Michael Maoz

A member of the Gartner Blog Network

Michael Maoz
VP Distinguished Analyst
13 years at Gartner
26 years IT industry

Michael Maoz is a research vice president and distinguished analyst in Gartner Research. His research focuses on CRM and customer-centric Web strategies. Mr. Maoz is the research leader for both the customer service and support strategies area and customer-centric Web… Read Full Bio

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Anti-Social Networking versus the Intent-Driven Enterprise

by Michael Maoz  |  June 8, 2009  |  2 Comments

Buyers of goods and services have certain intentions in mind when they establish a business relationship with a business. In the case of health insurance it is to stay insured in time of need. You think that is obvious as an unbiased outsider, but most insurance companies breaks the implicit promise in their relationships by failing to act on this intention. Why do they do this? Because their intention is to optimize profit, and it influences (read: dominates) how they design customer processes.

The same is true in the Credit Card business. Last month I received my monthly Account Statement and it stated as “Balance Due” a credit of $678.84. Good for them: I overpaid. I usually submit payment early for reasons I won’t go into. OK, Saturday night I opened my new statement and not only do I owe about $6,000 (business trip, mostly), but there is also a penalty for late payment. Huh? Previous statement = credit, current statement = late payment fee?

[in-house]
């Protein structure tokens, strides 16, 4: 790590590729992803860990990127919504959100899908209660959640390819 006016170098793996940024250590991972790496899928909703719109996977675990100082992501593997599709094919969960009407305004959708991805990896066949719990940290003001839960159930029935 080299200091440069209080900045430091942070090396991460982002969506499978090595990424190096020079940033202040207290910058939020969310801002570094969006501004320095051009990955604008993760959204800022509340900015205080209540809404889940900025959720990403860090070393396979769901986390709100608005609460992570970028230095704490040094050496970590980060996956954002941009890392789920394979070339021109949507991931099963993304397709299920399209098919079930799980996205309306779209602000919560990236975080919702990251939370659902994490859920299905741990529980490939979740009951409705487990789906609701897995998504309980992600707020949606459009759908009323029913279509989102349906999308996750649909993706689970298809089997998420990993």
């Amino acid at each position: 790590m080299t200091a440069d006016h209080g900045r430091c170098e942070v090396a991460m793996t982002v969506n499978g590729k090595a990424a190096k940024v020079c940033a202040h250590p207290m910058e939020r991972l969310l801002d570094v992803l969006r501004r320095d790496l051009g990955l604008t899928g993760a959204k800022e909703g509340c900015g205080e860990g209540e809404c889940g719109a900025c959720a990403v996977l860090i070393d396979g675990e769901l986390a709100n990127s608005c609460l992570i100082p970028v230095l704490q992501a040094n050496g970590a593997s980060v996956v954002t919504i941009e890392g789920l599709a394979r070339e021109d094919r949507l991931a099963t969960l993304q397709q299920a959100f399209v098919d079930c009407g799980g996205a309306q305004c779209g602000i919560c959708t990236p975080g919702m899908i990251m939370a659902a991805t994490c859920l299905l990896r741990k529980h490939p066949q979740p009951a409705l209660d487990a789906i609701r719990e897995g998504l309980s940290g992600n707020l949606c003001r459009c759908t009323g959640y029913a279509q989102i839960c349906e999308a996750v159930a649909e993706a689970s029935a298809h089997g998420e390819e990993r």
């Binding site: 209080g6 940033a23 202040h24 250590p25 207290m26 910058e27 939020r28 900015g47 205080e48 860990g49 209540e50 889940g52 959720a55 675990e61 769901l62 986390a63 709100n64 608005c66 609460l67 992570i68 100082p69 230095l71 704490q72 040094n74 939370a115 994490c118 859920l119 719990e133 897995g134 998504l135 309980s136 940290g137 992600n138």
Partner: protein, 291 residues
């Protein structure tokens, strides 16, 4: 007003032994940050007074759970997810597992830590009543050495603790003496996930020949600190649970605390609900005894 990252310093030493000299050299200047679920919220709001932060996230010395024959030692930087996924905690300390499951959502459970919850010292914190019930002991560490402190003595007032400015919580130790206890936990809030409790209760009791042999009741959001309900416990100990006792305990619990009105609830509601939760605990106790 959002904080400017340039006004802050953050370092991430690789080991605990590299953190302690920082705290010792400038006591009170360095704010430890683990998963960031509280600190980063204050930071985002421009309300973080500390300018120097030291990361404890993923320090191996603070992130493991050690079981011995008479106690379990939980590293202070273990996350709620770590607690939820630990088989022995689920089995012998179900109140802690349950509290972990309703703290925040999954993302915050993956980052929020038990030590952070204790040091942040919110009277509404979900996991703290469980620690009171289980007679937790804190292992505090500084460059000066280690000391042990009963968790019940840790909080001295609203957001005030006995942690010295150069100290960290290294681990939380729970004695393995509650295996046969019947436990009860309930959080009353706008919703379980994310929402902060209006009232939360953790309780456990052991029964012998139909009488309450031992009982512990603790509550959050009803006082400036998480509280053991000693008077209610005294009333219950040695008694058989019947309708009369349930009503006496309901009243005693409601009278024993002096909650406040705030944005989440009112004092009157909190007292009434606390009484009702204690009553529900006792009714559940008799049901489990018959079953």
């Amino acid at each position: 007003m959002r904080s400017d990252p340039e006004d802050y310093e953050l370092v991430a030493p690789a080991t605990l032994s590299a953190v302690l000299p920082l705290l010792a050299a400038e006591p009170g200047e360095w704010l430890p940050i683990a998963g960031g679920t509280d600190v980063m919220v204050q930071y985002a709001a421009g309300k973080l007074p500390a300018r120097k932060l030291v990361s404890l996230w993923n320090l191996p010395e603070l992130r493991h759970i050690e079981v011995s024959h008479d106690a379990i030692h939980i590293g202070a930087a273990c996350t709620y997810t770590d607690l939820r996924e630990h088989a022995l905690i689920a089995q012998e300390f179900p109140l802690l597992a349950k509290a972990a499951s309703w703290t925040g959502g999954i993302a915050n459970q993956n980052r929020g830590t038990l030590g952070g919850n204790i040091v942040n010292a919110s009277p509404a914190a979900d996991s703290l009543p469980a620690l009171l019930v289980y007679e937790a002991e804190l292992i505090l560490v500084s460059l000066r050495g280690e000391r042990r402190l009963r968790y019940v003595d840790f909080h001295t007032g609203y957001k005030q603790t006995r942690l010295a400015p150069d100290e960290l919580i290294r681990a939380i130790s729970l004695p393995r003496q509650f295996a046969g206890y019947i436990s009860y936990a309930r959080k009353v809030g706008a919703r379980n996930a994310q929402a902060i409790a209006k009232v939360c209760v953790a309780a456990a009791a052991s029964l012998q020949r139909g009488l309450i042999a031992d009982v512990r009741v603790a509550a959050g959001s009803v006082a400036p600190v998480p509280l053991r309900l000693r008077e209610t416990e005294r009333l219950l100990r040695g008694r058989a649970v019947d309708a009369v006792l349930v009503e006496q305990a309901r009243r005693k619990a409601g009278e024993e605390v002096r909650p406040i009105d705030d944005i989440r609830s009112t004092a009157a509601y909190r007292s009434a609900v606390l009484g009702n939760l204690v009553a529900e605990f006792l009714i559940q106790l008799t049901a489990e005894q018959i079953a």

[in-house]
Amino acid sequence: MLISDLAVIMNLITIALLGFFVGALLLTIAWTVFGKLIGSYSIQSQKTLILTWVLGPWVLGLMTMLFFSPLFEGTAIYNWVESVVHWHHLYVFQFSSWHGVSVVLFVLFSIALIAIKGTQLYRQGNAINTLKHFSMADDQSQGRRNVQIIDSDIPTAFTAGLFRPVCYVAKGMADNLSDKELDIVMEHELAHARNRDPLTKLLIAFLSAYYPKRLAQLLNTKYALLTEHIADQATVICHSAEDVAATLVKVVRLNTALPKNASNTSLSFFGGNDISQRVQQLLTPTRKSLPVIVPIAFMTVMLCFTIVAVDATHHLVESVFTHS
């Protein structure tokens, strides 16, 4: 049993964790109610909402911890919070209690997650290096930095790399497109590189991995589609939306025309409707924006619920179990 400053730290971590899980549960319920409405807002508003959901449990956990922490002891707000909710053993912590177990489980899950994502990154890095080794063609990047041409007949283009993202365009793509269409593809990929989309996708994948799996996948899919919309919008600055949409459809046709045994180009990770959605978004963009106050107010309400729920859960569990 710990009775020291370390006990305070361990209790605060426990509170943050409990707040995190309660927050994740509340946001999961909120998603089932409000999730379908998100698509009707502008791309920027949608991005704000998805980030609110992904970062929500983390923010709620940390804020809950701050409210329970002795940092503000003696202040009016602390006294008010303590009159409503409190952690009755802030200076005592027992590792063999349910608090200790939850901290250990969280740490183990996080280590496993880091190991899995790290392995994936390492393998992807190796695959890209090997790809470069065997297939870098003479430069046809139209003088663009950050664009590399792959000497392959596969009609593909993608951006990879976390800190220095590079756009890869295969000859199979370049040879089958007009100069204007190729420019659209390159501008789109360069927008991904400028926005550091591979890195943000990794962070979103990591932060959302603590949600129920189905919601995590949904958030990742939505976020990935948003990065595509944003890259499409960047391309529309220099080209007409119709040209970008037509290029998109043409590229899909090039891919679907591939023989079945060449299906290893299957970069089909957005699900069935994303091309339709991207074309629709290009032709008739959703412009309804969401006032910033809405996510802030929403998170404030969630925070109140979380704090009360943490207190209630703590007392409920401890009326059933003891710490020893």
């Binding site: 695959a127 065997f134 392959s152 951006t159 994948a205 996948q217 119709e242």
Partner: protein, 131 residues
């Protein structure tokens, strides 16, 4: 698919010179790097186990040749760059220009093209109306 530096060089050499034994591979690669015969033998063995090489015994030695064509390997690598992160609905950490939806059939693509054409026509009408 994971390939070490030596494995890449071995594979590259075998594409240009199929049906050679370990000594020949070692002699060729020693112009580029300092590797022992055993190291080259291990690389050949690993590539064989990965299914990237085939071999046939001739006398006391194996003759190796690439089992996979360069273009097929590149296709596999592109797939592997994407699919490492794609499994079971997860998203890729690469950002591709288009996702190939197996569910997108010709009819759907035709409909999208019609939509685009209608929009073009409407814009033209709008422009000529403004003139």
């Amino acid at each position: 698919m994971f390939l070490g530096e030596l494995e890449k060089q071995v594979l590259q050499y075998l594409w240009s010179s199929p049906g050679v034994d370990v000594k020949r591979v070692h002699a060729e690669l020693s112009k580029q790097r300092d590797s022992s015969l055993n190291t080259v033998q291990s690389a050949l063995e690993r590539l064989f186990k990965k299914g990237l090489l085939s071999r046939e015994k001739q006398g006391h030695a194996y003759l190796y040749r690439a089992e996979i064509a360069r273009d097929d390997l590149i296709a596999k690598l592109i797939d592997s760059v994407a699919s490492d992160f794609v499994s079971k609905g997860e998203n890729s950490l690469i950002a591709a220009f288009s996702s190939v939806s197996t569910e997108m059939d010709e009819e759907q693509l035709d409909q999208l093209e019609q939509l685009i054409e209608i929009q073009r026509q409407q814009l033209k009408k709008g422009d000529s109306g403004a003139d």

I will not bore you with the details of how this happened, because each of us has their own story. But here is my point: did a bank or Credit Card issuer ever think of pro-active notification of impending late-fee? In the airline industry you can set up an alert, just like in a half dozen other industries. Did a bank or Credit Card issuer ever think of contextual help so you could see WHY an event occured on your bill? Do they think it is the intention of someone who pays on time each and every month for 48 months to suddenly NOT submit payment on time? Do they care?

Great institutions are adopting an ‘intent-driven’ approach to process design, aligning their need for profit with your needs for goods and services, and this is a thrust of our research both current and future. In the meantime – before you design another customer-facing process, think about how it might fulfill or not fulfill the basic intentions they have in doing business with you. Otherwise all of this technology networking you to the customer is the antithesis of social: it is anti-social.

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Category: CRM Customer Centric Web Innovation and Customer Experience Social CRM Social Networking Social Software     Tags:

2 responses so far ↓

  • 1 Anti-Social Networking versus the Intent-Driven Enterprise | New Web 2.0 Magazine   June 8, 2009 at 10:06 am

    [...] versus the Intent-Driven Enterprise. June 8th, 2009 · No Comments View original post here:  Anti-Social Networking versus the Intent-Driven Enterprise Share and [...]

  • 2 Simon Morris   June 10, 2009 at 6:14 pm

    Great Post!

    I feel the pain with regards credt card statements. The process seems to be well defined when it comes to advising you that they have issued a late payment fee. I would really start to think of myself as a valued customers if they took the trouble to give me the ‘heads up’ that I was in risk of an additional fee for whatever reason.

    From the field service world, there are similarities with the concept of “expectation management”. Essentially this is about making it easy for service companies to continually keep the customer informed as to a technician’s estimated arrival time. Skilled expectation management is critical for achieving customer satisfaction, and close communication is an inseparable part of managing expectations. By offering email, text messaging, voice messaging and Internet-based service appointment booking as the communication media, service comapnies can now take advantage of the wide spectrum of today’s anytime/anywhere communications technologies. The question is do they value their customers’ time enough?